Renfrew – The Town of Renfrew and CAO Rob Tremblay have responded to questions surrounding the eviction of a long-time tenant and an article published in the Leader.
The Eganville Leader published a story a few weeks ago about Dave Bennett and his business Marshall’s Construction and Welding being issued an eviction notice by the Town of Renfrew. In the article, Mr. Bennett noted he was never given an explanation about why he was asked to leave the unit he has occupied for over 20 years and stated he was only allowed to communicate with the town through legal counsel. The Leader contacted Mayor Tom Sidney for comment. At the time, the town issued a short statement and noted no further comment would be forthcoming.
A letter to the editor was received this week from Mr. Tremblay and since it exceeds the 500-word limit, the Leader has chosen to publish the letter in its entirety in this format to enable the town to fully share its perspective on the issue. In the letter, Mr. Tremblay provides quotes from the article and responds with the Town’s response. The quote will be in italic and the response from the Town to follow.)
“I am writing to you in my capacity as Chief Administrative Officer for the Corporation of the Town of Renfrew (the ‘Town’). As you are aware, the Eganville Leader (‘the Leader’) published an article on August 22, 2023, with the headline ‘Eviction Notice Leaves Long-Time Tenant Facing Bankruptcy’. The article discusses Marshall’s Construction and Welding’s (Marshall’s) lease with the Town and features many statements made by Mr. Bennett.
“The Town did not wish to litigate this matter through the media. However, seeing as though Mr. Bennett has now involved the Leader, we find it necessary to respond to the accusations being put forth and published by your newspaper. Unfortunately, many of the comments contained in the article are misleading, inflammatory, and/or factually incorrect. As such, the Town would like to provide the following corrections to some of the statements made in the article. The statement in the article is followed by the Town’s correction. This list is not exhaustive.
“Dave Bennett, owner of Marshall’s Construction and Welding and, coincidentally, mayor of neighbouring Horton Township, has been a tenant in what is now known as the Renfrew Innovation Centre since 2000, but now the town is evicting him from the location without reason.’ — The Town, through its counsel, has provided Mr. Bennett with detailed explanations as to why the commercial lease is being terminated. Mr. Bennett is aware of the reasons.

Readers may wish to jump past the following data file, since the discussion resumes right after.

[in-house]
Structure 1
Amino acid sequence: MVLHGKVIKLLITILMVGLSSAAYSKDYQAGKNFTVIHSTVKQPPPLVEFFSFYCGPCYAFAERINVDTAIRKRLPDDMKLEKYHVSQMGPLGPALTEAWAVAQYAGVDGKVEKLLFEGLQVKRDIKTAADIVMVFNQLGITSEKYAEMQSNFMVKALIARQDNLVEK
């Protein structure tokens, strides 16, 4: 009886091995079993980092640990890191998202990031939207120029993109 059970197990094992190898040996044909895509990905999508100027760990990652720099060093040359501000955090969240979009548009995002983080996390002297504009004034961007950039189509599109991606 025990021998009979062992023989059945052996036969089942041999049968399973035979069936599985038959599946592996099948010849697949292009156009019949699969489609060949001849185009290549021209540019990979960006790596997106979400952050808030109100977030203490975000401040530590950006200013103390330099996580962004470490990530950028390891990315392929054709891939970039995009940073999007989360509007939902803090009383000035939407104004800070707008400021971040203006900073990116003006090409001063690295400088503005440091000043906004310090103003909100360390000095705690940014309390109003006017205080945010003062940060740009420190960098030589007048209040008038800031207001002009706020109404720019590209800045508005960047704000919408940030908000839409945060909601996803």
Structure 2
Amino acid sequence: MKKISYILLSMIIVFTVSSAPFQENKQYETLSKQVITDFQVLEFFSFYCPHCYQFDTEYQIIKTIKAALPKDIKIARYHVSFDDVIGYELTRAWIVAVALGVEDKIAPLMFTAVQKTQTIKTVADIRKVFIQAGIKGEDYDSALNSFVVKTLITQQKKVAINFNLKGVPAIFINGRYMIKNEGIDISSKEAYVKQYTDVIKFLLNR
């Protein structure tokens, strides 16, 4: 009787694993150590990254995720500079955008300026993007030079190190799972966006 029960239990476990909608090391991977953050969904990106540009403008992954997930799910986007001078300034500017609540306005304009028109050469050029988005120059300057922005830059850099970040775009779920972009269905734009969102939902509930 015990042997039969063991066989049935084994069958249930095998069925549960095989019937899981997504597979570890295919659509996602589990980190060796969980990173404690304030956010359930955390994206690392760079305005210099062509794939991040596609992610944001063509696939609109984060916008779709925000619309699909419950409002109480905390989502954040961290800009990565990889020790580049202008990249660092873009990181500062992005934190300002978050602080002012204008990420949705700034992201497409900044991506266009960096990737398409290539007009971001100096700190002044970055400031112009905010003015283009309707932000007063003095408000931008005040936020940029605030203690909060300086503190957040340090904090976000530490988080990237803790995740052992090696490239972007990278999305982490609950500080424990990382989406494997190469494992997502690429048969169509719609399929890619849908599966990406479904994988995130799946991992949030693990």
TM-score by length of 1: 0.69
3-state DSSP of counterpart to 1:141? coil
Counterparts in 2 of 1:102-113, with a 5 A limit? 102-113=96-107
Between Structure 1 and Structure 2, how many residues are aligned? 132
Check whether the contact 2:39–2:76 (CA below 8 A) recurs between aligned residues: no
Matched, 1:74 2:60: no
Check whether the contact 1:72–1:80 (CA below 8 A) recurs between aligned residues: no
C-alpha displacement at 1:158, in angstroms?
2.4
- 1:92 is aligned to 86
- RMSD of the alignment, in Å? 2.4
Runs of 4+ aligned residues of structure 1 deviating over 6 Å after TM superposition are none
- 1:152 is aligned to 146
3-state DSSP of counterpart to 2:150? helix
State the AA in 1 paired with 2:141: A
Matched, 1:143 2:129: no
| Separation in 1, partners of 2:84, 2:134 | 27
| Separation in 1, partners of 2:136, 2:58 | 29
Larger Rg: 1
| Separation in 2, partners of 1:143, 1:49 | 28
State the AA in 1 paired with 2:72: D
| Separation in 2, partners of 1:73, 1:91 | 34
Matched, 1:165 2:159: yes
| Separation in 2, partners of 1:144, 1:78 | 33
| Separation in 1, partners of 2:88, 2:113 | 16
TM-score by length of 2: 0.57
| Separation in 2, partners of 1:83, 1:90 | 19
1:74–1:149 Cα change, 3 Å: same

” The eviction will most likely bankrupt his company, put at least 20 people out of work and create an interruption in services the company provides to several industries and municipalities in Renfrew County and the Muskoka Region. — The Town’s lease exists with Marshall’s, not any of Mr. Bennett’s other business ventures. By the Town’s best estimate, Marshall’s location at Innovation Centre employs 3-5 individuals.
“Mr. Bennett was first notified in the spring he had until June 30 to vacate the premises, but the eviction order was delayed as his solicitors attempted to negotiate a resolution with the town. Although he has complied with everything the town has asked of him in recent months, the latest eviction notice is for October 31. And it is firm. — The Town extended the lease termination date on multiple occasions to allow Marshall’s sufficient time to wind down its operations and vacate the premises, and to restore the premises. It is in the best interest of the Town that the premises be vacated.
“Mr. Bennett said the industrial commission paid for much of the repairs, but his company also shared in the costs. “I think we have about a $400,000 investment in the building,” he said. — To our knowledge, any investments that Mr. Bennett or Marshall’s made into the building were then credited to its rent amount. Neither Mr. Bennett, nor Marshall’s have made any improvements to the building that were not financially compensated for in the form of a credit towards rental payments.